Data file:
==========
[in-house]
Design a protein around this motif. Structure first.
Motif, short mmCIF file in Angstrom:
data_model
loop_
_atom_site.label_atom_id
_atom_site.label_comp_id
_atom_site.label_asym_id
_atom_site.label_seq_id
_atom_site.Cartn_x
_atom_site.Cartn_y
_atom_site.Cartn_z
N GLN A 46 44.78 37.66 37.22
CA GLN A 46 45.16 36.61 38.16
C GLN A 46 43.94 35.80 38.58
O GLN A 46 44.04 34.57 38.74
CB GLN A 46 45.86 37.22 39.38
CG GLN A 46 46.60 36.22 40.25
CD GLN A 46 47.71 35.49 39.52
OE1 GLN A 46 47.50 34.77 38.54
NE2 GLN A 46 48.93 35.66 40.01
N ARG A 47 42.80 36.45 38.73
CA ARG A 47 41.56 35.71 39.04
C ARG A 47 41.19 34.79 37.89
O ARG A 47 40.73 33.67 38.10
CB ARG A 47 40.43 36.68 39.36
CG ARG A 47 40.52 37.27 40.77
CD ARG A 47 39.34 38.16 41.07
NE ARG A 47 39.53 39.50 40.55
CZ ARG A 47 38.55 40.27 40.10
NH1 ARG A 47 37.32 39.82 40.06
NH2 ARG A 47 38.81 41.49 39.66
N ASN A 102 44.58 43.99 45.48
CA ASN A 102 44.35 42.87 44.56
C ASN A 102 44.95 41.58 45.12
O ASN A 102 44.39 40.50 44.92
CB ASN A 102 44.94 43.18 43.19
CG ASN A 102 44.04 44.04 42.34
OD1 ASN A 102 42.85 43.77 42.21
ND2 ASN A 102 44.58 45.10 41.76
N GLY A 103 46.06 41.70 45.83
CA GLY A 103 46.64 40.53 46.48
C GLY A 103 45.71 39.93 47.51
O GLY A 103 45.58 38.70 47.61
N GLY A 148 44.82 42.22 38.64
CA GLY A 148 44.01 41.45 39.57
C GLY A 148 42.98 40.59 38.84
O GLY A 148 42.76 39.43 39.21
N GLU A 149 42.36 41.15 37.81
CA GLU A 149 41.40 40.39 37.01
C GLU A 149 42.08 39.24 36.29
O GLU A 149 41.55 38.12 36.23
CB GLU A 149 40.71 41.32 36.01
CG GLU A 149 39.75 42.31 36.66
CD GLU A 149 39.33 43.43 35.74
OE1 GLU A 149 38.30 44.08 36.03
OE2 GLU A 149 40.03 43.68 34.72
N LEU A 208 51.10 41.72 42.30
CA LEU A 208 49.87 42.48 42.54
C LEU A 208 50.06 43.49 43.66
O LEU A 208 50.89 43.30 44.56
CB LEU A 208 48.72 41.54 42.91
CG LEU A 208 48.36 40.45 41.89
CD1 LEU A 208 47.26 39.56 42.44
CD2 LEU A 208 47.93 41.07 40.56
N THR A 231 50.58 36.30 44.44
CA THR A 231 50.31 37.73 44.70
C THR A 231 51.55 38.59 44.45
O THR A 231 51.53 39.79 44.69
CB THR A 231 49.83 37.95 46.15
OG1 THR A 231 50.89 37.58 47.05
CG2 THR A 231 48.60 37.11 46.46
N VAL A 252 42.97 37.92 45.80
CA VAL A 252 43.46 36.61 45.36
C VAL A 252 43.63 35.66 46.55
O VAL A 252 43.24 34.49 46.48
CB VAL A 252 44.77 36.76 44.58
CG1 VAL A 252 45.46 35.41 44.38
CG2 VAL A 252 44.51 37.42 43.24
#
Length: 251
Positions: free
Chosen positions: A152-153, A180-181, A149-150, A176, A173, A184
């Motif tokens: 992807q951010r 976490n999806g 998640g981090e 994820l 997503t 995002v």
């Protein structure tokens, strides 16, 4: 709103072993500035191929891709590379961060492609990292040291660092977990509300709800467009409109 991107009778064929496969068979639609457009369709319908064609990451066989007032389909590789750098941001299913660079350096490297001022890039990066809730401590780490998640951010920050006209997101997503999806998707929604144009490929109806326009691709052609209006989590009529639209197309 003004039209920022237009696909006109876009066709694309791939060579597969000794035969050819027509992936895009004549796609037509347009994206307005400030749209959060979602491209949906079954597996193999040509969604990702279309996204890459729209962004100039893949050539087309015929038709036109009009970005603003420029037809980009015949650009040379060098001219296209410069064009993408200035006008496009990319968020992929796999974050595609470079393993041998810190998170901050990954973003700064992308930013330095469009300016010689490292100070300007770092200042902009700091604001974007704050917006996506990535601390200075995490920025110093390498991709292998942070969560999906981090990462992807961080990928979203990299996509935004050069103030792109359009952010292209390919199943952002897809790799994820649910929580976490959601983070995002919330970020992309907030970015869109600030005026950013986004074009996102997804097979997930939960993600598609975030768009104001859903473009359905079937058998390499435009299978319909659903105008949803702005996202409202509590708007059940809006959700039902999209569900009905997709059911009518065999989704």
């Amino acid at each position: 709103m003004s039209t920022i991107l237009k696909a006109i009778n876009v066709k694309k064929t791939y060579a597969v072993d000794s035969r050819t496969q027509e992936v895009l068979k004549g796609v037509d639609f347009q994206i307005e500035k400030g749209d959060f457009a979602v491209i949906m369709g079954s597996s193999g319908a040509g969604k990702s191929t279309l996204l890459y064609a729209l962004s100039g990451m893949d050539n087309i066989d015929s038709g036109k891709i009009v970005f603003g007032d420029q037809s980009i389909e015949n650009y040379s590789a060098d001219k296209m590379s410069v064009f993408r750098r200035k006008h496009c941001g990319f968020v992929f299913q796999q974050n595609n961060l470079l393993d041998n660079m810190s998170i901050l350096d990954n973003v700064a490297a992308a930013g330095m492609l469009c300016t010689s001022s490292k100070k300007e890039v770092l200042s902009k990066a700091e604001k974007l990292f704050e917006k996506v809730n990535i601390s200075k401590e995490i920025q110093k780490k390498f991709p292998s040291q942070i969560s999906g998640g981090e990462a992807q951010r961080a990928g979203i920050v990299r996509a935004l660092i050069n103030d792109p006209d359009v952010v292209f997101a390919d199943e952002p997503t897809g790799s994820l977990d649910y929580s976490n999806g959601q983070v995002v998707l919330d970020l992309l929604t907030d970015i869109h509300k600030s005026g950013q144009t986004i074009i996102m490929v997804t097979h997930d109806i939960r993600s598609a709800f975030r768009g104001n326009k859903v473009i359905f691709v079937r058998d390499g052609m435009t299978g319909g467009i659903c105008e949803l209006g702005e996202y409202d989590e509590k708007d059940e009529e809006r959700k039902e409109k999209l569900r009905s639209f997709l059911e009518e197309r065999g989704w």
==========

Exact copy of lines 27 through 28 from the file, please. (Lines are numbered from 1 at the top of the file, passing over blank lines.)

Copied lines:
CG ARG A 47 40.52 37.27 40.77
CD ARG A 47 39.34 38.16 41.07